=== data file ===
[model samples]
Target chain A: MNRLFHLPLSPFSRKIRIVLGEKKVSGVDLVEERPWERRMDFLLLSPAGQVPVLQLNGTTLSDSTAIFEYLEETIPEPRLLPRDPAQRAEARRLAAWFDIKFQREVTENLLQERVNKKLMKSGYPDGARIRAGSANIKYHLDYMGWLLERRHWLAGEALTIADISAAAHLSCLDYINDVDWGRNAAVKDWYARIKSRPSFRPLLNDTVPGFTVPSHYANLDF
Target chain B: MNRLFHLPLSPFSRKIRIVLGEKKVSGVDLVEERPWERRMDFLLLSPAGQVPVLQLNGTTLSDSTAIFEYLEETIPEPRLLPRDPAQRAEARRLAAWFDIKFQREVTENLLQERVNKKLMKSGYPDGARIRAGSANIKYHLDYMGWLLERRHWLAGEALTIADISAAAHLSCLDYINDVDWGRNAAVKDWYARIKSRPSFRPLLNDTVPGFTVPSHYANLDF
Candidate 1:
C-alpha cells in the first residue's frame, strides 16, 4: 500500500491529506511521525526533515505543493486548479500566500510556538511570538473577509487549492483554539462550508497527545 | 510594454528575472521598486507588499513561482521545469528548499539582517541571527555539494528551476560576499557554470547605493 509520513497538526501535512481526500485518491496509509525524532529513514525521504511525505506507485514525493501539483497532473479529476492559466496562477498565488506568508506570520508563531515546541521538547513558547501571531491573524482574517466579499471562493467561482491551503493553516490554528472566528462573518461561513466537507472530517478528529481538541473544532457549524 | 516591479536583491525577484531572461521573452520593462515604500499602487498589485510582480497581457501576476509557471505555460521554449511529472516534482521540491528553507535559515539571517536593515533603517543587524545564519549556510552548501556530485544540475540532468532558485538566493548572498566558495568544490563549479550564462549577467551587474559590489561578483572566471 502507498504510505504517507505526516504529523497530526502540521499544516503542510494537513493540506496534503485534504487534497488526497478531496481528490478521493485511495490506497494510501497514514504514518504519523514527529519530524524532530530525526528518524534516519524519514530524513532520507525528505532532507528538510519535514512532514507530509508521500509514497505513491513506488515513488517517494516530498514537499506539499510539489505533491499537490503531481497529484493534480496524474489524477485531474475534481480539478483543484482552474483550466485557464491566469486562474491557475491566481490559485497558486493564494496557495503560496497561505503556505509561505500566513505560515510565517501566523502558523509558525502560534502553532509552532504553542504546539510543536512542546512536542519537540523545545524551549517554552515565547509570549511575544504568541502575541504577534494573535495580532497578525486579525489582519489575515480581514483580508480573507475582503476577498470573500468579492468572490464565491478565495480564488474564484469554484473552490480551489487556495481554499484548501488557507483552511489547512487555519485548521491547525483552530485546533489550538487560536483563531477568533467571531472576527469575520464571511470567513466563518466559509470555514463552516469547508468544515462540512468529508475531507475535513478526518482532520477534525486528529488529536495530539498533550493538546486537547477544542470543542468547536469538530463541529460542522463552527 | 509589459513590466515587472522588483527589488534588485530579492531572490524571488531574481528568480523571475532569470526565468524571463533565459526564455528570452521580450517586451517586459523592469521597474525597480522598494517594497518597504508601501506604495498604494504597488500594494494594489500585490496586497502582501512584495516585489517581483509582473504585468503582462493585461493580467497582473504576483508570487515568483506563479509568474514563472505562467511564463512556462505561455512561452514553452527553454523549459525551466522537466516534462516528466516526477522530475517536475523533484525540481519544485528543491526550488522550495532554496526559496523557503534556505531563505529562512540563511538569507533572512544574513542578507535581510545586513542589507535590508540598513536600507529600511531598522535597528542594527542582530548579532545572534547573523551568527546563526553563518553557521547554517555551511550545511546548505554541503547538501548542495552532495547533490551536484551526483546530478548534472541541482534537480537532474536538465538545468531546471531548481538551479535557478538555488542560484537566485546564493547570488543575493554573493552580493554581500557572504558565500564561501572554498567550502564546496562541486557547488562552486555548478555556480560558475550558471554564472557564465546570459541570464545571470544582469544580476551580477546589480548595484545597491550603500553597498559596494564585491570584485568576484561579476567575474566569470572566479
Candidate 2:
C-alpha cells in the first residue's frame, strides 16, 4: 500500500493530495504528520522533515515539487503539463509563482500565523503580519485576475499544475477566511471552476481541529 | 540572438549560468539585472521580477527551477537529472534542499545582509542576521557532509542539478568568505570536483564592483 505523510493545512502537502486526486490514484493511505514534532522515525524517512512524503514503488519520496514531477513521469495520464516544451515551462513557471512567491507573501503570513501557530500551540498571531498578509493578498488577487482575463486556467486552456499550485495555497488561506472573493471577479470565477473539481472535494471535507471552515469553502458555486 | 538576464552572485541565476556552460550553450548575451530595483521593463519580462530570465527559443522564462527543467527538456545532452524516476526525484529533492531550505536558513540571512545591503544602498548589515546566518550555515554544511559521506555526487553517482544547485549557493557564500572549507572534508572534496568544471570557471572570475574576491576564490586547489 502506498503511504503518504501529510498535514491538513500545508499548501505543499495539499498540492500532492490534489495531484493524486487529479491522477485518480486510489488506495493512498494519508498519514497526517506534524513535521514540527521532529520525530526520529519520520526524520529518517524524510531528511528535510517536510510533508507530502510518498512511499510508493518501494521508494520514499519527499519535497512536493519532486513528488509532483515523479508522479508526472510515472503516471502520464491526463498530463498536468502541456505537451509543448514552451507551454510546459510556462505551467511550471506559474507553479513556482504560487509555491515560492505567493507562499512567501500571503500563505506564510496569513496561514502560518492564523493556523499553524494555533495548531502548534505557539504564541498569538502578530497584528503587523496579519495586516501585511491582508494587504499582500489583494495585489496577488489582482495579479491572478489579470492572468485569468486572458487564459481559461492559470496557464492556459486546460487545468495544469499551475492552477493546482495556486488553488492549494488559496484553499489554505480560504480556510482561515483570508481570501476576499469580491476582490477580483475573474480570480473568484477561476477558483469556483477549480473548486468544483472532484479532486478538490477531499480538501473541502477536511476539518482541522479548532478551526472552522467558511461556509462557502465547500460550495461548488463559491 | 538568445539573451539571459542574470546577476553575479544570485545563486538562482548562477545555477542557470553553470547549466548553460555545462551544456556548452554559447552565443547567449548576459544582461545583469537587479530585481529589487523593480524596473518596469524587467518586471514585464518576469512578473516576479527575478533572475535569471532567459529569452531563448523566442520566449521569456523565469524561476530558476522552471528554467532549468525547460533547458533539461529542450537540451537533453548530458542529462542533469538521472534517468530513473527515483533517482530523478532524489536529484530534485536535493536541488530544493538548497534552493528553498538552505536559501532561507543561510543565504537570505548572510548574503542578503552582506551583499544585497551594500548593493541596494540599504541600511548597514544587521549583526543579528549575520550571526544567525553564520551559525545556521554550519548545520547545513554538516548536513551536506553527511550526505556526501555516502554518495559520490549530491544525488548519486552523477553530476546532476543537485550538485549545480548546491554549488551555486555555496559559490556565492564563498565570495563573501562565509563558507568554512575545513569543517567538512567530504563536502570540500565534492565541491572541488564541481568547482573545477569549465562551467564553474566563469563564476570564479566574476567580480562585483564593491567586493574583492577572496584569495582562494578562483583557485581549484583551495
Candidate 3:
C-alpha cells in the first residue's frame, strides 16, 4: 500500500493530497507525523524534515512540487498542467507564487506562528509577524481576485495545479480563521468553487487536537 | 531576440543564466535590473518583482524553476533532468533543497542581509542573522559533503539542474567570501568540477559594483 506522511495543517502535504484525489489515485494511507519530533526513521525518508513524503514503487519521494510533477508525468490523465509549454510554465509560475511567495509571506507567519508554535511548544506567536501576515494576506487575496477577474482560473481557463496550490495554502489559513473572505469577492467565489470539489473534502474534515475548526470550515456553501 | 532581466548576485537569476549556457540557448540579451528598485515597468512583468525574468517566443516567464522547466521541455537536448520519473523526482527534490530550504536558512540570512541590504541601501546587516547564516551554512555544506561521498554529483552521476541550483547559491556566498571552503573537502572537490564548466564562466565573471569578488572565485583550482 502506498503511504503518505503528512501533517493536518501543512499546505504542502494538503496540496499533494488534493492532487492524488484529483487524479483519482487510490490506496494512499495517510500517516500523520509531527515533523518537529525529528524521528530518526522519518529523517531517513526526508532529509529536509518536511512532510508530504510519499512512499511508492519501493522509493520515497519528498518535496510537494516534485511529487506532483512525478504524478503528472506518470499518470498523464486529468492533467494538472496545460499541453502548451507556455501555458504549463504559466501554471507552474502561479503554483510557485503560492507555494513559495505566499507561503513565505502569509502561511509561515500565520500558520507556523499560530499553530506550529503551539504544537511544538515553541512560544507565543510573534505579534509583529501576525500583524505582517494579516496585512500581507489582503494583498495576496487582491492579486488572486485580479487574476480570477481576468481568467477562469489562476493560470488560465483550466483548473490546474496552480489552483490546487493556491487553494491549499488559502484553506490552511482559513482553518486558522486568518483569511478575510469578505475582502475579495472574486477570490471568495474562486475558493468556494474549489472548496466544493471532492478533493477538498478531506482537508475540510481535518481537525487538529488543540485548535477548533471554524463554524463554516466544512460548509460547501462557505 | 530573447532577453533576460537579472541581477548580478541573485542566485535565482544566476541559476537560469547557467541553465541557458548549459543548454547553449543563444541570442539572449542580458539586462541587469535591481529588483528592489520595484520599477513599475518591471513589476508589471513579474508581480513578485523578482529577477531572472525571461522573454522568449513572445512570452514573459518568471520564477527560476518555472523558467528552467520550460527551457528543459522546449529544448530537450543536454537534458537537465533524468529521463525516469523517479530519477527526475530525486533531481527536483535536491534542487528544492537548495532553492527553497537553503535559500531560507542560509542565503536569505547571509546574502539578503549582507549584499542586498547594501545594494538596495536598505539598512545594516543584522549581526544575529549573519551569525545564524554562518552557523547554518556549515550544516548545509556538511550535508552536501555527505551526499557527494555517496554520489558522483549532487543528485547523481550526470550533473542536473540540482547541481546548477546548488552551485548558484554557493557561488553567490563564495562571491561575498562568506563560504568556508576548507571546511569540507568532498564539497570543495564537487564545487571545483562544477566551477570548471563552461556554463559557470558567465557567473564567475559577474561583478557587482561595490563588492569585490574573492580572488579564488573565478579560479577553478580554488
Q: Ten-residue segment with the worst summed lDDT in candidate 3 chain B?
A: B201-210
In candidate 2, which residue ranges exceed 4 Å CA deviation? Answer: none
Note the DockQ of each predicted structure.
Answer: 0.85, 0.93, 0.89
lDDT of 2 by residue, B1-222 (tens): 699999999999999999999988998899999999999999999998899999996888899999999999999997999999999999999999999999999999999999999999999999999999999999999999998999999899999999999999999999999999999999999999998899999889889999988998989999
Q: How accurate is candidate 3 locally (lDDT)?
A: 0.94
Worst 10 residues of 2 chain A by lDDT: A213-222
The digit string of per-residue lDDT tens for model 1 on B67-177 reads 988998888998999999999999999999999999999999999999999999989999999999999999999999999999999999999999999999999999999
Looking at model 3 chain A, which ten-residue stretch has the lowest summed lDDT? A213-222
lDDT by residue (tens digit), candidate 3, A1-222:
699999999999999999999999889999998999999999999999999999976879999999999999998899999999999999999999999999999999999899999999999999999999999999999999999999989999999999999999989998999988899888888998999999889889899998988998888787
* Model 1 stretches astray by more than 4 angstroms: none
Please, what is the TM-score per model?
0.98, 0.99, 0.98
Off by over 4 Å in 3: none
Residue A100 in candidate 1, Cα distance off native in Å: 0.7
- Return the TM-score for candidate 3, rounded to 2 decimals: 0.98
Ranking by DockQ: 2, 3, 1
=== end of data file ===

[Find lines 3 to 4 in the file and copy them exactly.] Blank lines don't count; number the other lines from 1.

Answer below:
Target chain B: MNRLFHLPLSPFSRKIRIVLGEKKVSGVDLVEERPWERRMDFLLLSPAGQVPVLQLNGTTLSDSTAIFEYLEETIPEPRLLPRDPAQRAEARRLAAWFDIKFQREVTENLLQERVNKKLMKSGYPDGARIRAGSANIKYHLDYMGWLLERRHWLAGEALTIADISAAAHLSCLDYINDVDWGRNAAVKDWYARIKSRPSFRPLLNDTVPGFTVPSHYANLDF
Candidate 1: